The Lawrence Eagle Tribune reported that Daniel Linnell III of Danvers will spend the next eighteen months on probation for hitting his son in a movie theatre last August. After the manager received complaints, the defendant was arrested at the Danvers theatre and charged with assault and battery. According to the paper, witness saw the frustrated father hit his four year old son on the head causing his drink to fly from his hand. In the Salem District Court, Linnell’s defense attorney asserted that the father swung at the child to prevent him from hitting him in the groin.
As in most situations, there were two sides to this story. On one hand, the father, defendant, claimed that he was just protecting himself from his child. On the other hand, on the day of trial two witnesses appeared prepared to testify that they saw Linnell strike the child, however, did not see the child hit him in the groin. Apparently, concerned with what the outcome would be, the father opted to accept responsibility and have his case continued without a finding for eighteen months. As long as Linnell completes an anger management course, does not get rearrested, enrolls in career counseling and does not abuse children the case will be dismissed. Thus, the defendant avoided the possibility of a conviction if the case had gone to trial.
If you have been charged with any crime in Massachusetts it is imperative that you have an experienced Boston area attorney on your side. Investigating a case early on and evaluating all of the evidence is critical in the early stages of a case. Depending on the circumstances, a defense attorney can file discovery motions, motions to suppress evidence, motions to suppress evidence and motions to dismiss.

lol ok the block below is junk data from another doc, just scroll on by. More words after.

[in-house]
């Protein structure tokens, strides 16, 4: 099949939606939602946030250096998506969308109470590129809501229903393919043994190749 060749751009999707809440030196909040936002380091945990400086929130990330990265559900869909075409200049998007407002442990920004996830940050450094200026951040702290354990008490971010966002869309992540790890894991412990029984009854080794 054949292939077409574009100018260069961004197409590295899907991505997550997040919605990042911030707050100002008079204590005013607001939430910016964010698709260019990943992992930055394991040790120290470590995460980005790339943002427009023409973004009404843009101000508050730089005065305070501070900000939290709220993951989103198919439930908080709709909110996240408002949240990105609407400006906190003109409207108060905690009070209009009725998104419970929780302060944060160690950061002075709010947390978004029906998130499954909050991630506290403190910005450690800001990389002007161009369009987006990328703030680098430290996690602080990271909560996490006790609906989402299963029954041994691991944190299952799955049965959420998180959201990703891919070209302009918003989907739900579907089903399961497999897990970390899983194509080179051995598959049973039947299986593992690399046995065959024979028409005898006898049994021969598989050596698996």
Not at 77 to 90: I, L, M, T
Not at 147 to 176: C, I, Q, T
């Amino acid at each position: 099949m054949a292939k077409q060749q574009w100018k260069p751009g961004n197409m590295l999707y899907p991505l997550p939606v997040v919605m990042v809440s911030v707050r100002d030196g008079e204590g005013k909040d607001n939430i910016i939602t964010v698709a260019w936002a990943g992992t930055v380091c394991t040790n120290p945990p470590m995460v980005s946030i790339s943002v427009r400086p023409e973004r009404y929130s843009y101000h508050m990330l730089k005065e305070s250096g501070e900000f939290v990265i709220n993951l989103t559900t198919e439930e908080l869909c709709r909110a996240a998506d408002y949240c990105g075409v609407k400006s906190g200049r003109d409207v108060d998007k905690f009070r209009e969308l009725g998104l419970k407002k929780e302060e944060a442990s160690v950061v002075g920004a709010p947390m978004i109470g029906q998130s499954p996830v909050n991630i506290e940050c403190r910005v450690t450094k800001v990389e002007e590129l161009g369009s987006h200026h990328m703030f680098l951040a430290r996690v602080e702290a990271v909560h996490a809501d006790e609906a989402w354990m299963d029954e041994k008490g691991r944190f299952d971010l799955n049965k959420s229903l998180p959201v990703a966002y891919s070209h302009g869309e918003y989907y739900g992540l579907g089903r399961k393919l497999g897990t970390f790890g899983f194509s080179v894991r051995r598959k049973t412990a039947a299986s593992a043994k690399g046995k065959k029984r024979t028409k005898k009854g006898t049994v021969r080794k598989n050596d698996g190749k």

For a defendant who is charged with assault and battery, the most common defenses are self-defense, defense of another and misidentification. Based on the available information in the Linnell case, it appears that a viable defense would have been self-defense. In the event that a case of self-defense or a defense of another is assorted, the Commonwealth must not only prove the case beyond a reasonable doubt but they also must prove that the defendant did not act in self-defense beyond a reasonable doubt.
According to The Lawrence Eagle Tribune, Dominique Hans from Salem boarded a school bus this past February in an effort to prevent her disabled child from continuing to be hit on the way to school. According to the paper, Hans approached the bus driver in an effort to explain that her child was getting hit by one of the passengers. When the bus driver apparently ignored her, she walked down the aisle and asked the child why she hit her son. It appears that she did not want the boy to sit next to her so she hit him. Hand eventually faced a charge of assault and battery in the Salem District Court.